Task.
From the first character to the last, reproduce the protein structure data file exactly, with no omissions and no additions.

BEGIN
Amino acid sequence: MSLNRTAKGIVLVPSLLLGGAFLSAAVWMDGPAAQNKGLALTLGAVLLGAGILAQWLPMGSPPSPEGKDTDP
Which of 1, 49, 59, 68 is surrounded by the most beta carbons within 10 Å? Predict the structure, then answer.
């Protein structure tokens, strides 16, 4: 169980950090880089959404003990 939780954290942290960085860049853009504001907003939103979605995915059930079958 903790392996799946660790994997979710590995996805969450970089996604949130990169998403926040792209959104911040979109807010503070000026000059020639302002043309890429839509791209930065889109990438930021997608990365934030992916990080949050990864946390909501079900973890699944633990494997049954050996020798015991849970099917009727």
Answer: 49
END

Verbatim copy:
Amino acid sequence: MSLNRTAKGIVLVPSLLLGGAFLSAAVWMDGPAAQNKGLALTLGAVLLGAGILAQWLPMGSPPSPEGKDTDP
Which of 1, 49, 59, 68 is surrounded by the most beta carbons within 10 Å? Predict the structure, then answer.
């Protein structure tokens, strides 16, 4: 169980950090880089959404003990 939780954290942290960085860049853009504001907003939103979605995915059930079958 903790392996799946660790994997979710590995996805969450970089996604949130990169998403926040792209959104911040979109807010503070000026000059020639302002043309890429839509791209930065889109990438930021997608990365934030992916990080949050990864946390909501079900973890699944633990494997049954050996020798015991849970099917009727």
Answer: 49